The CAPTIM (comparison of angioplasty and pre-hospital thrombolysis in acute myocardial infarction) trial randomised patients with STEMI to pre-hospital fibrinolytic therapy given by ambulance personnel in the home or workplace versus transfer for primary PCI.16 In patients randomised early (< 2 hours), there was a strong trend for lower mortality with pre-hospital fibrinolytic therapy (2.2% v 5.7%, p = 0.053), while in patients randomised later (> 2 hours) there was no benefit to early fibrinolytic therapy, suggesting that time delays are very important early after the onset of symptoms but are less important later.
Thus, facilitated PCI is likely to be most effective in patients with STEMI who present early after the onset of symptoms and who can be treated early, and is likely to be less effective in patients presenting later after the onset of symptoms.
CURRENT TRIALS AND CURRENT GUIDELINES
Two large randomised trials are currently underway to evaluate the clinical benefit of facilitated PCI. The ASSENT- 4 (assessment of the safety and efficacy of a new thrombolytic) trial randomises patients with STEMI to TNK versus placebo each followed by emergent transfer for PCI. The FINESSE (facilitated intervention with enhanced reperfusion speed to stop events) trial randomises patients with STEMI to half dose reteplase plus abciximab versus abciximab versus placebo each followed by transfer for emergent PCI. The primary end point is a composite of death, heart failure, shock, or late ventricular fibrillation at 90 days. There is great hope and anticipation that the results of these trials will determine whether facilitated PCI is safe and effective and which patients will benefit most.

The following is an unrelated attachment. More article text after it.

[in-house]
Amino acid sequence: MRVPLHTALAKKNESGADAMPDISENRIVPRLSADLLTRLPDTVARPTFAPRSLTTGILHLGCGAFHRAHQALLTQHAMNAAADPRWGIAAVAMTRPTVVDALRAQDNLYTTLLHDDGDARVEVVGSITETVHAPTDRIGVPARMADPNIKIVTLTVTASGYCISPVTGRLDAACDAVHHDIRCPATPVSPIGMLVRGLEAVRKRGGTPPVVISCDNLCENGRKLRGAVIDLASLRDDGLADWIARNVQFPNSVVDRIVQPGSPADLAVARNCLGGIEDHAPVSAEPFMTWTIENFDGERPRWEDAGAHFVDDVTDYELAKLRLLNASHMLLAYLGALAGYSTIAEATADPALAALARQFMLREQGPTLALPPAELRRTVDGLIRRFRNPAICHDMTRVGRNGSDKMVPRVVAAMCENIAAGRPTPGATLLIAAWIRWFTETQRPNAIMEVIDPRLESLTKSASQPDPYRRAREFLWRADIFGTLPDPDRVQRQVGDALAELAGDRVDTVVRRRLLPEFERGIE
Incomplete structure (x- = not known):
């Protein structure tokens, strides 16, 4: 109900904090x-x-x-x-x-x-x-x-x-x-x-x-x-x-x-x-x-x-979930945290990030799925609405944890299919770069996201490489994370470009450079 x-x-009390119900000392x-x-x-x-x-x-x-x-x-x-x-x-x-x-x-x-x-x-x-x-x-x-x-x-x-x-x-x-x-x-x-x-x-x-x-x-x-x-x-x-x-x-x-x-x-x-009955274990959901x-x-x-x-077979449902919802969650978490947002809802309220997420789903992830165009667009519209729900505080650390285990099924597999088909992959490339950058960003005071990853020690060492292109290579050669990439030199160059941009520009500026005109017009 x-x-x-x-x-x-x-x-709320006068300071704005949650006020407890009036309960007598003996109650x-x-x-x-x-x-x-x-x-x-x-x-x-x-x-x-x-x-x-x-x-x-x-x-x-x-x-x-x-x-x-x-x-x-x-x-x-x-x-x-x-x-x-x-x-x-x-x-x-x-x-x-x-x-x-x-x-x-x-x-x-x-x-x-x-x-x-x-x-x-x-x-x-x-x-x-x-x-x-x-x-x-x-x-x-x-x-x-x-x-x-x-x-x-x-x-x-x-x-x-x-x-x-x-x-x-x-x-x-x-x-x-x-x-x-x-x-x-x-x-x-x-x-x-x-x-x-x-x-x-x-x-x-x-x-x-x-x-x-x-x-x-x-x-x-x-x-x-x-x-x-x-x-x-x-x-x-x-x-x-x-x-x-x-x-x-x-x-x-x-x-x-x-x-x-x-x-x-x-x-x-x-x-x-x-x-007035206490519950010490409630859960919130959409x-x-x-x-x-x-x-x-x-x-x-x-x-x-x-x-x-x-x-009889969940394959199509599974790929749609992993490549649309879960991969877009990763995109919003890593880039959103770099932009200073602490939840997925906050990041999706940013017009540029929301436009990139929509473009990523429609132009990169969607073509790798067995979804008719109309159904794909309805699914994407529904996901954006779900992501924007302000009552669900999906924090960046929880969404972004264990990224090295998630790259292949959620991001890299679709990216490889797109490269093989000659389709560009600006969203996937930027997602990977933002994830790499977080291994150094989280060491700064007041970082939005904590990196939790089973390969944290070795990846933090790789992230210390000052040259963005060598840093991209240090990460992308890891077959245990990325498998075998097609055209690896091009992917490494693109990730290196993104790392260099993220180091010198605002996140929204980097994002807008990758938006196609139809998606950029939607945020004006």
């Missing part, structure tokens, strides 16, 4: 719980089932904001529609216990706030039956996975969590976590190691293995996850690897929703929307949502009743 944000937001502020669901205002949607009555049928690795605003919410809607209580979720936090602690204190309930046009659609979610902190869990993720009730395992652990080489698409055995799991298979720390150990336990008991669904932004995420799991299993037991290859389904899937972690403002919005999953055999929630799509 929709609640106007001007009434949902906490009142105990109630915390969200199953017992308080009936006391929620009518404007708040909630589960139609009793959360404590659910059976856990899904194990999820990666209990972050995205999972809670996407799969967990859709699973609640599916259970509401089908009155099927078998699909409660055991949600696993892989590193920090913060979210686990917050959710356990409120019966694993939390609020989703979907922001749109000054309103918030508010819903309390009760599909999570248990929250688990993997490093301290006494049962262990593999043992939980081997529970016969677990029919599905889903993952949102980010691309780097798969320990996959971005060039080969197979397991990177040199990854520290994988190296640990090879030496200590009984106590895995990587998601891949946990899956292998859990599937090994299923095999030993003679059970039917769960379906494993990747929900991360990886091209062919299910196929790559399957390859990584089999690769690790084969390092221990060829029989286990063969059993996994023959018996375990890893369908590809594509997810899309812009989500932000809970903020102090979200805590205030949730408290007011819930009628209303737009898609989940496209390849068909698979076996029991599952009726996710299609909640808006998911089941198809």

Until the results of these trials are available, the clinician must choose the best reperfusion strategy in patients with STEMI presenting at non-interventional hospitals based on an assessment of time and risk: (1) time from the onset of symptoms; (2) time delay in transport for primary PCI; (3) risk of STEMI; and (4) risk of fibrinolytic therapy. Patients who present early after the onset of symptoms (< 1–2 hours) who have expected long additional delays in transport for primary PCI (> 1 hour) are probably best treated with thrombolytic therapy or combination therapy followed by emergent transport for PCI. Patients who present later after the onset of symptoms (> 2 hours) are probably best transported for primary PCI without fibrinolytic therapy, provided the transport times are not too long (< 2 hours). These guidelines may need to be modified based on the risk of fibrinolytic therapy and whether the patient has a high risk STEMI. The major risk of fibrinolytic therapy is the risk of intracranial haemorrhage which occurs in about 1% of patients. The risk of major bleeding with combination therapy is about twice the risk with fibrinolytic therapy alone and includes the risk of intracranial haemorrhage in about 2% of patients > 75 years old.17 Patients with low risk STEMI and high bleeding risk (for example, a 75 year old female with a small diaphragmatic myocardial infarction by ECG) should be considered for transfer for primary PCI without fibrinolytic therapy, even with early presentation. Patients with high risk STEMI and low bleeding risk (for example, a young man without hypertension and a large anterior myocardial infarction) should be considered for fibrinolytic therapy or combination therapy followed by transport for emergent PCI, even with later presentation. These guidelines are preliminary, and hopefully new guidelines can be developed and standardised when evidence from the large randomised trials becomes available.